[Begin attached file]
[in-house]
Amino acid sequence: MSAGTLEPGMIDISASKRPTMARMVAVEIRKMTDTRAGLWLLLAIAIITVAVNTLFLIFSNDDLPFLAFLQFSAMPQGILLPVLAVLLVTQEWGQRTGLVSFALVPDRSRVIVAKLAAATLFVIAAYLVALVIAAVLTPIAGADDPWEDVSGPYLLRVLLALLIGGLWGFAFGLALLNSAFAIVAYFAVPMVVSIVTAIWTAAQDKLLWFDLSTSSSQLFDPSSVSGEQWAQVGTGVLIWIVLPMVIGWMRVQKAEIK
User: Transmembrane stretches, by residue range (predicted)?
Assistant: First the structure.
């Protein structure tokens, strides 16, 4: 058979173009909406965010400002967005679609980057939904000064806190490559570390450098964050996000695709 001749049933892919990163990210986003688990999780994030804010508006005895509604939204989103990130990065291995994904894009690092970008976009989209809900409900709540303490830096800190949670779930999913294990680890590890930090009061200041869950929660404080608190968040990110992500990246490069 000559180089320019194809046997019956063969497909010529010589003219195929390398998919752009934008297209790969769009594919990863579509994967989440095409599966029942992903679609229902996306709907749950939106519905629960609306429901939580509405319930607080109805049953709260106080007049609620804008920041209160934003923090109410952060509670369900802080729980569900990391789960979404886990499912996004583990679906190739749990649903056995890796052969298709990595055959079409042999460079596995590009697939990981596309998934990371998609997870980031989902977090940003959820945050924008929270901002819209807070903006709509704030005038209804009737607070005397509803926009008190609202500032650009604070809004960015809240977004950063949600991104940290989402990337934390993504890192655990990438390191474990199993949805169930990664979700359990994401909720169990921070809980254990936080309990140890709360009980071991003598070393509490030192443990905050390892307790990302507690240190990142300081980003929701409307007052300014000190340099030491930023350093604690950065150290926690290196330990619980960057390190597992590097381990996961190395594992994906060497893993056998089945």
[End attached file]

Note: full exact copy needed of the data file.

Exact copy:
[in-house]
Amino acid sequence: MSAGTLEPGMIDISASKRPTMARMVAVEIRKMTDTRAGLWLLLAIAIITVAVNTLFLIFSNDDLPFLAFLQFSAMPQGILLPVLAVLLVTQEWGQRTGLVSFALVPDRSRVIVAKLAAATLFVIAAYLVALVIAAVLTPIAGADDPWEDVSGPYLLRVLLALLIGGLWGFAFGLALLNSAFAIVAYFAVPMVVSIVTAIWTAAQDKLLWFDLSTSSSQLFDPSSVSGEQWAQVGTGVLIWIVLPMVIGWMRVQKAEIK
User: Transmembrane stretches, by residue range (predicted)?
Assistant: First the structure.
């Protein structure tokens, strides 16, 4: 058979173009909406965010400002967005679609980057939904000064806190490559570390450098964050996000695709 001749049933892919990163990210986003688990999780994030804010508006005895509604939204989103990130990065291995994904894009690092970008976009989209809900409900709540303490830096800190949670779930999913294990680890590890930090009061200041869950929660404080608190968040990110992500990246490069 000559180089320019194809046997019956063969497909010529010589003219195929390398998919752009934008297209790969769009594919990863579509994967989440095409599966029942992903679609229902996306709907749950939106519905629960609306429901939580509405319930607080109805049953709260106080007049609620804008920041209160934003923090109410952060509670369900802080729980569900990391789960979404886990499912996004583990679906190739749990649903056995890796052969298709990595055959079409042999460079596995590009697939990981596309998934990371998609997870980031989902977090940003959820945050924008929270901002819209807070903006709509704030005038209804009737607070005397509803926009008190609202500032650009604070809004960015809240977004950063949600991104940290989402990337934390993504890192655990990438390191474990199993949805169930990664979700359990994401909720169990921070809980254990936080309990140890709360009980071991003598070393509490030192443990905050390892307790990302507690240190990142300081980003929701409307007052300014000190340099030491930023350093604690950065150290926690290196330990619980960057390190597992590097381990996961190395594992994906060497893993056998089945």